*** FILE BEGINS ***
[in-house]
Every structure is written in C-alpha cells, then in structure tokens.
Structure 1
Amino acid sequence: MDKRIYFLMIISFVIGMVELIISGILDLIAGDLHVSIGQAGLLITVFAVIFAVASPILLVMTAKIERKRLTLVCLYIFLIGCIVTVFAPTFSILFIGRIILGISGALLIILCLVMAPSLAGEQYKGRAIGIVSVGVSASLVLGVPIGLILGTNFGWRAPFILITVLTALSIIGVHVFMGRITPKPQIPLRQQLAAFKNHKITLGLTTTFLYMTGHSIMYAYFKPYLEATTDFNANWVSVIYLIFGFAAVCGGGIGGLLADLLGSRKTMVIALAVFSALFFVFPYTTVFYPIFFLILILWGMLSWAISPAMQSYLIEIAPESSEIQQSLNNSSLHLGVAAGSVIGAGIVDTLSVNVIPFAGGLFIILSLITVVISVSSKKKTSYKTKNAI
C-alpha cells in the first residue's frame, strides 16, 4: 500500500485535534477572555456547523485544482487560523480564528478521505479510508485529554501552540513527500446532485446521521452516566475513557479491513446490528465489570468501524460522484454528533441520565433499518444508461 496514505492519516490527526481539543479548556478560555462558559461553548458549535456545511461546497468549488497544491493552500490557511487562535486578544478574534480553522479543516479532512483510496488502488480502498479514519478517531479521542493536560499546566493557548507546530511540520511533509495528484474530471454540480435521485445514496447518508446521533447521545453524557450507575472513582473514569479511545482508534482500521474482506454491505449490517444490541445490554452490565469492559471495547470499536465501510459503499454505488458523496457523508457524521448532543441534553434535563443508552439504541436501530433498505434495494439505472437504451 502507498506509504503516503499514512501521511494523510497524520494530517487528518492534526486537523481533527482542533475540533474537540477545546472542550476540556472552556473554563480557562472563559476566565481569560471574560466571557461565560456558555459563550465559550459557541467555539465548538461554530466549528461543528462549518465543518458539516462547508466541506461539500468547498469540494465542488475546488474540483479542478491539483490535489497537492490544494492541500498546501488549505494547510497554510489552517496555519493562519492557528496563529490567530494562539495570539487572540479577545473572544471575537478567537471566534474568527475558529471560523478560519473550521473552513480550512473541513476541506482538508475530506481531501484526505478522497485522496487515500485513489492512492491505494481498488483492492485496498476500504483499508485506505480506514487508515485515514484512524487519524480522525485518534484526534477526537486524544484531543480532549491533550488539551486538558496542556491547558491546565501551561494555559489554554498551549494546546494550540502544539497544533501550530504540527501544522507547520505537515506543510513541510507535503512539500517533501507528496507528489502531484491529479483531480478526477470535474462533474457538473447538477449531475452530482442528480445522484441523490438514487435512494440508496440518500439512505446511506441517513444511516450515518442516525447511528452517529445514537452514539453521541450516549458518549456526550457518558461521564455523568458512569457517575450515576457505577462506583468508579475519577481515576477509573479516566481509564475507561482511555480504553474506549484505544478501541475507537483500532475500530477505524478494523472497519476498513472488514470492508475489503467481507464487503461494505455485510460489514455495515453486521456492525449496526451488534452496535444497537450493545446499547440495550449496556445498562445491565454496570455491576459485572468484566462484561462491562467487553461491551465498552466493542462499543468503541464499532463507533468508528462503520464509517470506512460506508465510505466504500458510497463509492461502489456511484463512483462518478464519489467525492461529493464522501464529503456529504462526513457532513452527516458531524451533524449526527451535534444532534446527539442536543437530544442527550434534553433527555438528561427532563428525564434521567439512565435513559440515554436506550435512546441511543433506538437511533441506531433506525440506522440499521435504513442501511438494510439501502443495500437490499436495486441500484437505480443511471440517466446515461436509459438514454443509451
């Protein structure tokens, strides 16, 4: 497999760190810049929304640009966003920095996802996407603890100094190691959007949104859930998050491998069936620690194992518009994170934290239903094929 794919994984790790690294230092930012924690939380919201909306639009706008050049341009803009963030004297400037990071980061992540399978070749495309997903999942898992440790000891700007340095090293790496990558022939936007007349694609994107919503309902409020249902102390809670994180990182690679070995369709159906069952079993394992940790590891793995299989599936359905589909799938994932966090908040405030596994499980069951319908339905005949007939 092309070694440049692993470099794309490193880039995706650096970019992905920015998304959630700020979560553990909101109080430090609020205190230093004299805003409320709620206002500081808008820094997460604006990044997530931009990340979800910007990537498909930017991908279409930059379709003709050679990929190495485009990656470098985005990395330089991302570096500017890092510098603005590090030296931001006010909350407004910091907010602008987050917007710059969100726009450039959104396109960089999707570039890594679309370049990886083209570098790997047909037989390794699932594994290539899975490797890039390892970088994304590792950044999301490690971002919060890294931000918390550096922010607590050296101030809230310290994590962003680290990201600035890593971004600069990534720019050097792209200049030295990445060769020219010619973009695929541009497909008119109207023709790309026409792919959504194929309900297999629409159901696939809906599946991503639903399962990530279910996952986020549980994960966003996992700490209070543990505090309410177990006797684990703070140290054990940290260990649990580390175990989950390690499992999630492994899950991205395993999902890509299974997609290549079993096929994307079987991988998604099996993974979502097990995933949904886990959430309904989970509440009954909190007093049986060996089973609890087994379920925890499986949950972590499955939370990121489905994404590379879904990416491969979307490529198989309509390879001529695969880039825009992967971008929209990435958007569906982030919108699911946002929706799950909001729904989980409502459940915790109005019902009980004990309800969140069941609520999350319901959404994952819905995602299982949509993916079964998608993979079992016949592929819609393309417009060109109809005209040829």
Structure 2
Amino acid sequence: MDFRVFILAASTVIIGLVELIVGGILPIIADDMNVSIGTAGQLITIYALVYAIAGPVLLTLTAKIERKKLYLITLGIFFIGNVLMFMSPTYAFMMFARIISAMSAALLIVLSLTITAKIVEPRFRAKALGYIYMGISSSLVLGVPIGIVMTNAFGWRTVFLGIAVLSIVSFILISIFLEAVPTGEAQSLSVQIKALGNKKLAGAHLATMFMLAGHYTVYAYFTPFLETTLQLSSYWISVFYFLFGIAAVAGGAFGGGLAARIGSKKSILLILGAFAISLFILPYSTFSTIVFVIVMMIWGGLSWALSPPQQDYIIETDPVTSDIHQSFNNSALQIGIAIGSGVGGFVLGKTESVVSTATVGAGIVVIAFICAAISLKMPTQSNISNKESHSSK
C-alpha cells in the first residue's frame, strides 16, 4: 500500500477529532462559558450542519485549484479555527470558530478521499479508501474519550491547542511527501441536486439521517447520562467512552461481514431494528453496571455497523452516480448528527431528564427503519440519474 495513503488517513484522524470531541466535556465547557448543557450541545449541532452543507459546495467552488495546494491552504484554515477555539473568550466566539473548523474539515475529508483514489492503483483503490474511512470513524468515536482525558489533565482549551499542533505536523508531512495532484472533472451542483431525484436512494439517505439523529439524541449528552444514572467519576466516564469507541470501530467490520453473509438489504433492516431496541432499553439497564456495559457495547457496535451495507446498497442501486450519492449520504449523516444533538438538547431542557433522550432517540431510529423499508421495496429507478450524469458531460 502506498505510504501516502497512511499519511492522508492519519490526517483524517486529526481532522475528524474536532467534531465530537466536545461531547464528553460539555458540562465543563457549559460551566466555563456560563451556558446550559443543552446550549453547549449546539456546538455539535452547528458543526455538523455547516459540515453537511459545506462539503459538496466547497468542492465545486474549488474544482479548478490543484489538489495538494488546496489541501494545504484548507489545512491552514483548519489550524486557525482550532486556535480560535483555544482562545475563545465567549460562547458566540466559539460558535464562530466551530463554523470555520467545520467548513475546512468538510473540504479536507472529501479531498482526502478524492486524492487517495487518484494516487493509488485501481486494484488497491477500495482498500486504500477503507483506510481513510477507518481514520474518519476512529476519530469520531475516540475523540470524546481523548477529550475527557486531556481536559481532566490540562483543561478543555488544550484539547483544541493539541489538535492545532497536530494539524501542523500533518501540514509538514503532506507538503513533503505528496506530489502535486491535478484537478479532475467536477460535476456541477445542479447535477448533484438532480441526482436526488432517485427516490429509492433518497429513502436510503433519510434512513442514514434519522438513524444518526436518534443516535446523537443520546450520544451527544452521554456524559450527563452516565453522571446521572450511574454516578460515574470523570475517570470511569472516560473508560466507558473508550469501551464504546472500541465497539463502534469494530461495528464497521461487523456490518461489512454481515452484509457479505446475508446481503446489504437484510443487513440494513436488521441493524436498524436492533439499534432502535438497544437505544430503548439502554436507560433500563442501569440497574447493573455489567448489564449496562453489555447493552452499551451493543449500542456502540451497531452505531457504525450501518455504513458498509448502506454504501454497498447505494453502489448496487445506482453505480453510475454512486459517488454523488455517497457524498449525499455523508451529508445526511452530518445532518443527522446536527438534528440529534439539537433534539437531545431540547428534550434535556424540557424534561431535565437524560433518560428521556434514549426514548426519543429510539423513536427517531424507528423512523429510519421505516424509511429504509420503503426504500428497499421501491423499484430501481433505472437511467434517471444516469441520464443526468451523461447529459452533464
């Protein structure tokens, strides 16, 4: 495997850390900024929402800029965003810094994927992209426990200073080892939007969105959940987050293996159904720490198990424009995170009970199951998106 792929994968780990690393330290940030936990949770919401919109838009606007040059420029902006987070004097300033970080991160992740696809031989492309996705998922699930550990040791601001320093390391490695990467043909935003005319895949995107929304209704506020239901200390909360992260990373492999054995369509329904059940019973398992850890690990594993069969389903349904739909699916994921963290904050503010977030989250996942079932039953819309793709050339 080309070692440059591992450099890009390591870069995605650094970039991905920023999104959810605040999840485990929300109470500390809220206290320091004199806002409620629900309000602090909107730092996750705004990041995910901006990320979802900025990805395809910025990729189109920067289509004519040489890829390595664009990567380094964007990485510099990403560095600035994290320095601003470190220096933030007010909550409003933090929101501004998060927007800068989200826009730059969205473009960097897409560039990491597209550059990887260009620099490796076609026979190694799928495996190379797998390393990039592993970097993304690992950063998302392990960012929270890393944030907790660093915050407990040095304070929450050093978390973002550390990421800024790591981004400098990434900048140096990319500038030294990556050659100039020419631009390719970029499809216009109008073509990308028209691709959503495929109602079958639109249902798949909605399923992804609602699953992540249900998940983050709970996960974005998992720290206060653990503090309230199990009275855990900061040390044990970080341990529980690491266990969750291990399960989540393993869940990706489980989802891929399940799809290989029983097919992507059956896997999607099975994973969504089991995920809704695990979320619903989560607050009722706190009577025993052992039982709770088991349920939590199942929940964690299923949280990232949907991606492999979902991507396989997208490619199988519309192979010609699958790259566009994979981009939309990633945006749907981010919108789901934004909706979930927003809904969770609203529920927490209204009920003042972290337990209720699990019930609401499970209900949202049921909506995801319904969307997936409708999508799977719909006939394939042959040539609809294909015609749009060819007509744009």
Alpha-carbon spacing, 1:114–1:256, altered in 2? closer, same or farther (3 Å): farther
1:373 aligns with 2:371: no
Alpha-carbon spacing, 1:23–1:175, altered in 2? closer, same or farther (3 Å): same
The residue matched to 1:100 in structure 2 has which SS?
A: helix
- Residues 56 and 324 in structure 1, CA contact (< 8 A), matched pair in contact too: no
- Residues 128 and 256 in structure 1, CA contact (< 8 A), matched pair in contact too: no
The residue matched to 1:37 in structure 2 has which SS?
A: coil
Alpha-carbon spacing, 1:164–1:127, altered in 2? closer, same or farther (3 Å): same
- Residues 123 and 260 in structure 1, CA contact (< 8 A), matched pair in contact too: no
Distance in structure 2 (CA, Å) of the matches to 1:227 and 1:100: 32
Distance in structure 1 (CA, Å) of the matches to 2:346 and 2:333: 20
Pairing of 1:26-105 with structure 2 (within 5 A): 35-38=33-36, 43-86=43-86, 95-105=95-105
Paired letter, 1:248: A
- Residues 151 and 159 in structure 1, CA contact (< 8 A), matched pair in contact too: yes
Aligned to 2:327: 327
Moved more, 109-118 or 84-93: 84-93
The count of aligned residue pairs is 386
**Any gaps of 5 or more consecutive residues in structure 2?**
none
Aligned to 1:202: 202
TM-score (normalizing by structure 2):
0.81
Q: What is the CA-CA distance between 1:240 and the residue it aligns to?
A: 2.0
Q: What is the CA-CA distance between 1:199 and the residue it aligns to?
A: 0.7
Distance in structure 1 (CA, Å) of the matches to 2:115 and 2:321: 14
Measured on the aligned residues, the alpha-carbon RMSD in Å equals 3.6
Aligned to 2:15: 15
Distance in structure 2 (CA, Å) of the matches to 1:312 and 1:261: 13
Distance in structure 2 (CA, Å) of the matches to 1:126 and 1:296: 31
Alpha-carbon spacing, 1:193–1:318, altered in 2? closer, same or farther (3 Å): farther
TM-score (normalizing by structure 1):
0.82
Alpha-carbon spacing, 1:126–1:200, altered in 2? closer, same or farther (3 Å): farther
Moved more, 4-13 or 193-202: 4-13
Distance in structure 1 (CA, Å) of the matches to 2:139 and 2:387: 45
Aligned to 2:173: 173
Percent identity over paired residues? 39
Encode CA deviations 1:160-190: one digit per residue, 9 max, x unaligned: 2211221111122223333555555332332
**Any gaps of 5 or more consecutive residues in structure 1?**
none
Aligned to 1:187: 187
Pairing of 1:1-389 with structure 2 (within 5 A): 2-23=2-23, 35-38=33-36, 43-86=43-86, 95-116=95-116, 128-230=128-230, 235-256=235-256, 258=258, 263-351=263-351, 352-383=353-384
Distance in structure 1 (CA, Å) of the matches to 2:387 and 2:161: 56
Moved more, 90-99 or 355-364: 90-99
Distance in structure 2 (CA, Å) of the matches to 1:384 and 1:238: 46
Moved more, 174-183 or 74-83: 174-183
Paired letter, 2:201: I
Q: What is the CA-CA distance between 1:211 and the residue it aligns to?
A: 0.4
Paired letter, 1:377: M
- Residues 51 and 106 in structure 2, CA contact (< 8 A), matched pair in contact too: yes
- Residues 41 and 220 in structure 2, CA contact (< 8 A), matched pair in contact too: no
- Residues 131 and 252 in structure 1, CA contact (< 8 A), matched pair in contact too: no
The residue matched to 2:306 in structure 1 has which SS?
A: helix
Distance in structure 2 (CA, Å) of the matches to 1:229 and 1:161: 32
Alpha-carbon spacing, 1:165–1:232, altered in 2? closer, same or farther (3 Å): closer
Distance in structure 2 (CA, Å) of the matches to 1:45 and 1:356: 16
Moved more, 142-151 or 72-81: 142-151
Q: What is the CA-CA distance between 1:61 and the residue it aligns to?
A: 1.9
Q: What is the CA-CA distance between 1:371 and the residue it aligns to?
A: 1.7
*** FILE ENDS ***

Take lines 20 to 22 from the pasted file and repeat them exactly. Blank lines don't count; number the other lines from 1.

Alpha-carbon spacing, 1:164–1:127, altered in 2? closer, same or farther (3 Å): same
- Residues 123 and 260 in structure 1, CA contact (< 8 A), matched pair in contact too: no
Distance in structure 2 (CA, Å) of the matches to 1:227 and 1:100: 32